JShell: ideas/opinion sought -- /edit with external editors which return immediately

Michael Müller michael.mueller at mueller-bruehl.de
Mon Aug 22 05:01:23 UTC 2016

+1 for option 4

a) If, and only if the editor process is started from within the JShell 
then JShell will return to input when the editor process ends.

In all cases:

if the user starts the /edit then JShell does not accept any input 
except a special Escape character (e.g. the Esc key) until a) or that 
special input. In case of that special input JShell queries "Quit edit 
mode (Yn)?" If the user answers "y", then JShell returns to its prompt.

As long as JShell is in "waiting" mode, it observes any change to the 
file and runs the code snippets if a change is detected.

If the editing process is started from within the JShell and the user 
keys in the escape character, then JShell will stop the editing process.

Herzliche Grüße - Best Regards,

Michael Müller
Brühl, Germany
blog.mueller-bruehl.de <http://blog.mueller-bruehl.de/>
it-rezension.de <http://it-rezension.de/>

Read my books
"Web Development with Java and JSF": https://leanpub.com/jsf
"Java Lambdas und (parallel) Streams" Deutsche Ausgabe: 
"Java Lambdas and (parallel) Streams" English edition: 

On 08/22/2016 03:49 AM, Robert Field wrote:
>  When an external editor has been selected with '/set editor ...' and 
> the /edit command is used:
>     * until the editor exits, no jshell prompt is displayed and no 
> input is accepted
>     * a temp file is created containing the snippets selected for editing
>     * the editor is launched with that temp file as its argument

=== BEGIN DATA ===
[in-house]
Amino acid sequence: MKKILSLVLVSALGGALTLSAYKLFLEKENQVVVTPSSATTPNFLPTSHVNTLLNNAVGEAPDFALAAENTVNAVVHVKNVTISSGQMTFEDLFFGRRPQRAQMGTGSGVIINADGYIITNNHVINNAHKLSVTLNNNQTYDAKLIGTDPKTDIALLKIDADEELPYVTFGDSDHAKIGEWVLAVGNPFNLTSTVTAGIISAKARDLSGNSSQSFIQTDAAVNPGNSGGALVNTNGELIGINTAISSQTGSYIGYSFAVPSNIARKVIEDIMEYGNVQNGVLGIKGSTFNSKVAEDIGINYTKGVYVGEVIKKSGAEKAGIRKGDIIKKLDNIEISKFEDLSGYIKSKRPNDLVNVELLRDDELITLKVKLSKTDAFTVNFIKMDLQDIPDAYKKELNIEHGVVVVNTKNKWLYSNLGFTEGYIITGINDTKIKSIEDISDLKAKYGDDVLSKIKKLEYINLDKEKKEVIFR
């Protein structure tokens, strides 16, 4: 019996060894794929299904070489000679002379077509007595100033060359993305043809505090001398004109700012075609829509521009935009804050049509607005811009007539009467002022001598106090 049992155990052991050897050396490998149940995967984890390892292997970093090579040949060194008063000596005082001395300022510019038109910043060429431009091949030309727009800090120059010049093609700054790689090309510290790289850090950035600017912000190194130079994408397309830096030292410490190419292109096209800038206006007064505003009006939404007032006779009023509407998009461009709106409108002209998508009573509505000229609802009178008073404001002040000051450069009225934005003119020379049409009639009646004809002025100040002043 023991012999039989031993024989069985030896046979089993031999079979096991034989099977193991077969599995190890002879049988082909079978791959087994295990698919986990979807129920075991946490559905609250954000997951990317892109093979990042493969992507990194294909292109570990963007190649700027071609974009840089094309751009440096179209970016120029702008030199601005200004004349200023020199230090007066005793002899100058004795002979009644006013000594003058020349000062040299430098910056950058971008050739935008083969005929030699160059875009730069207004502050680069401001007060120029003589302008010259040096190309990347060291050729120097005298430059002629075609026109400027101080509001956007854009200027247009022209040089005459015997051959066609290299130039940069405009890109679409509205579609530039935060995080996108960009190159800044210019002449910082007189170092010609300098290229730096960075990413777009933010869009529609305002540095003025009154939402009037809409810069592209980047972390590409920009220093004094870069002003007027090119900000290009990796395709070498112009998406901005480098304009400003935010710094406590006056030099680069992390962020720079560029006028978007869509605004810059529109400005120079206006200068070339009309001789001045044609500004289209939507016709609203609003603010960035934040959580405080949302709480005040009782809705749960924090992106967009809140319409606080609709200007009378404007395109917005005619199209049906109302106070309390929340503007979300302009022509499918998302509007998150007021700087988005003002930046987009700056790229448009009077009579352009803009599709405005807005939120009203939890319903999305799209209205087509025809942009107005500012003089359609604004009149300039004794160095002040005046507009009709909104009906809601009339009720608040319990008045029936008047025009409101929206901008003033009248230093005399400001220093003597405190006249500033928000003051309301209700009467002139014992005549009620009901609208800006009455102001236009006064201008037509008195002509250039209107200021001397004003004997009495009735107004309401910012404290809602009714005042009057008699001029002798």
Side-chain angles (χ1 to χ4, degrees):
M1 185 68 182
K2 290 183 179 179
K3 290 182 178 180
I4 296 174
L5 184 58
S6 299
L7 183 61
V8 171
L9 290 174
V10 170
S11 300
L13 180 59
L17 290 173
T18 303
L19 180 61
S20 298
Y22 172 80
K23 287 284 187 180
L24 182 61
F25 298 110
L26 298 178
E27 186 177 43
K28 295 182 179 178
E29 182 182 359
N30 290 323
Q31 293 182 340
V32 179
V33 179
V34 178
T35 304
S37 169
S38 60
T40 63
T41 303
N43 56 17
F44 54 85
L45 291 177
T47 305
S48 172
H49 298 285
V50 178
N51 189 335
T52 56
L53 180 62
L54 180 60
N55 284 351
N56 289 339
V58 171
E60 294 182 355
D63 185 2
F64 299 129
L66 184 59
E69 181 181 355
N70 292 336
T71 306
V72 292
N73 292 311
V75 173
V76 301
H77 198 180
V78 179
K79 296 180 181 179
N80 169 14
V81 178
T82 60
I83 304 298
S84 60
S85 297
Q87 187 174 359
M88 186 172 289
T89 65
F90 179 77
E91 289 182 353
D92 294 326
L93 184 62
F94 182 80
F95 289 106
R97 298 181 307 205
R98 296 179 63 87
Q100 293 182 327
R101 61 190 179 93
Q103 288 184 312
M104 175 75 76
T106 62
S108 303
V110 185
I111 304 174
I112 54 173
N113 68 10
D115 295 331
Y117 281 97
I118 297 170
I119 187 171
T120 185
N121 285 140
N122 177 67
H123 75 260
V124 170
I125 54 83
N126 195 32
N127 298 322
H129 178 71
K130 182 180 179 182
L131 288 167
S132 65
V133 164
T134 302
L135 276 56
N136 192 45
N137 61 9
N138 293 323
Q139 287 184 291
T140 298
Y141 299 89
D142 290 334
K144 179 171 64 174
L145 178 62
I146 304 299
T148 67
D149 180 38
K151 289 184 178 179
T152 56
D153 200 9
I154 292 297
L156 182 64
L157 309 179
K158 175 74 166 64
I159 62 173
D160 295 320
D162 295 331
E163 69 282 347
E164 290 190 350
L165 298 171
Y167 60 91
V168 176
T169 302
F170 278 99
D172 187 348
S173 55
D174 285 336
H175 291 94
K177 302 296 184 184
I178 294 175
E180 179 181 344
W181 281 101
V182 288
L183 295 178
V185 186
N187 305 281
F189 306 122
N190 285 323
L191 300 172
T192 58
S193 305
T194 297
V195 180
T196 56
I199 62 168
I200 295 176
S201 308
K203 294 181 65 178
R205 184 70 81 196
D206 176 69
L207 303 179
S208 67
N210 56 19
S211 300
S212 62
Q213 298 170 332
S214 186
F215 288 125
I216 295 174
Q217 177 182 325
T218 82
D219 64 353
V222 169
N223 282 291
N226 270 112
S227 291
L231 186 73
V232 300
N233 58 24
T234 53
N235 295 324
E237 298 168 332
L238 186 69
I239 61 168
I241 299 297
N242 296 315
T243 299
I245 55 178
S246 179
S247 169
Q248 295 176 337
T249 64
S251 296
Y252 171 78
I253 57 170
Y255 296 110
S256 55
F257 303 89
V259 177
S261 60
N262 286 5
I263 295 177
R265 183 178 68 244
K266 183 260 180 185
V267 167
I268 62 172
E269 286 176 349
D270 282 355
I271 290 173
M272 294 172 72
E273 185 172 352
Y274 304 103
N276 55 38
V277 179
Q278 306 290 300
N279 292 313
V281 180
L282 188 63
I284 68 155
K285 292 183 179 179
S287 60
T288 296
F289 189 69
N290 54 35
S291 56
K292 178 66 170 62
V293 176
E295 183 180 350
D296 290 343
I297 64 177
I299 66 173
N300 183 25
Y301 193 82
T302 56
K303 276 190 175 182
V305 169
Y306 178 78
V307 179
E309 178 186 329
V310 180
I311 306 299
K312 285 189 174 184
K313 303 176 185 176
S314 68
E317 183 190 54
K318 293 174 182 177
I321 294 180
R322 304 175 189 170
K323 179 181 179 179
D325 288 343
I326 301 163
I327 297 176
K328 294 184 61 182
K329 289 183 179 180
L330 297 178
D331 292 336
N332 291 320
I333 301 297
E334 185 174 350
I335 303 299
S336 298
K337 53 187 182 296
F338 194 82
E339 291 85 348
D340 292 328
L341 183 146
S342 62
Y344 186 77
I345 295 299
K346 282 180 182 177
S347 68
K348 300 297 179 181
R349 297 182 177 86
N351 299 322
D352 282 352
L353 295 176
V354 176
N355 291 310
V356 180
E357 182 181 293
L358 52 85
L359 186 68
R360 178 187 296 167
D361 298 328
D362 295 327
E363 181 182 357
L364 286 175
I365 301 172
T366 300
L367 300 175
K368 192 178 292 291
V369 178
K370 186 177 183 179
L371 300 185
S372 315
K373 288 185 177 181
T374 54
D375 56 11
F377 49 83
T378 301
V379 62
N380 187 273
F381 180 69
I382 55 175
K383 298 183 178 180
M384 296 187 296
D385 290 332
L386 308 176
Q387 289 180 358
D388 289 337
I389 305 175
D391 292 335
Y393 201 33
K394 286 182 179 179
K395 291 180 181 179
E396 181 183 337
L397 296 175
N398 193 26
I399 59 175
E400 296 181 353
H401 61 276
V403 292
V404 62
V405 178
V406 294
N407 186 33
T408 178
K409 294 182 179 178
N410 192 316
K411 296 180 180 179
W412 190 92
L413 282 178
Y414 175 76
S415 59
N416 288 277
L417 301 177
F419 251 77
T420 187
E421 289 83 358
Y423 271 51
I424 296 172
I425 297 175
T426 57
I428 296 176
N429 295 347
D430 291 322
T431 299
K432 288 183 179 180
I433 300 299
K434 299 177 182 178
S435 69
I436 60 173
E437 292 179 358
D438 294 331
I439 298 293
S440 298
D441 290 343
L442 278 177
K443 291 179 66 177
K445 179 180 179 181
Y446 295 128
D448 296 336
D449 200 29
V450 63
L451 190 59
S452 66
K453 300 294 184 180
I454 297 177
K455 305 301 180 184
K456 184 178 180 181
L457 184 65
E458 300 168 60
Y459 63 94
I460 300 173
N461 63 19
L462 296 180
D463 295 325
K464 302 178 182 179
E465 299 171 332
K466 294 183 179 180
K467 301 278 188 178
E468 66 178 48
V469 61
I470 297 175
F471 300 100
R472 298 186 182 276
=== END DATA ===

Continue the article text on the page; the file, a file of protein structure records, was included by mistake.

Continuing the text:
>     * until the editor exits the jshell tool watches the temp file for 
> changes, entering any changes
>     * when the editor exits, the jshell tool stops watching and the 
> prompt is displayed again
> Michael Mueller submitted this bug:
>     https://bugs.openjdk.java.net/browse/JDK-8158738
> pointing out that this scheme fails for many editors when there is an 
> existing window (gedit, netbeans, nano, emacsclient -n, ...), Here I 
> use gedit to illustrate the issue.
> What is happening in this case is that the first time the gedit 
> command is used it creates the window and waits for all windows to 
> close before exiting. Subsequent calls to gedit add a pane for the 
> file and return immediately. As a result, where the subsequent call is 
> from a /edit command, the jshell tool assumes the editor has exited, 
> stops watching the file, and queries for input with a prompt.
> For gedit, this can be addressed by using the --wait or maybe better 
> the --standalone option:
>     /set editor gedit -s
> There are several ways to resolve this issue:
> (1) Add documentation to the '/set editor' command describing the 
> requirement that the editor command not return until editing is complete.
> (2) Change the behaviour of the /edit command to continually watch 
> every temporary file that was ever opened. The concern with this is 
> that then changes could be made from multiple angles at overlapping 
> times: the jshell prompt, and multiple open editors. Changes in one 
> would not be reflected in the others, allowing changes to be smashed. 
> This might be acceptable because the same could occur in other 
> contexts with multiple editors, though there would usually be 
> notifications that the file had changed underneath you. Note: there is 
> no primary "file" with which to do this in the jshell tool -- 
> synthetically manufacturing one would be fraught with data loss peril. 
> Another issue is that output would be coming from multiple threads -- 
> while waiting (or typing) at the jshell prompt you would get 
> notifications about editor changes " modified method m()".
> (3) If (2) were considered appropriate, then it might be reasonable to 
> take the next step, always return immediately from the /edit command, 
> thus allowing jshell commands while in the editor.
> (4) Michael Mueller suggests observing the jshell tool keyboard input 
> 'If the user presses Esc within the terminal, the JShell queries 
> "Return to JShell?". If the user answers "y", then the JShell returns 
> to its prompt.'
> Thoughts?
> -Robert

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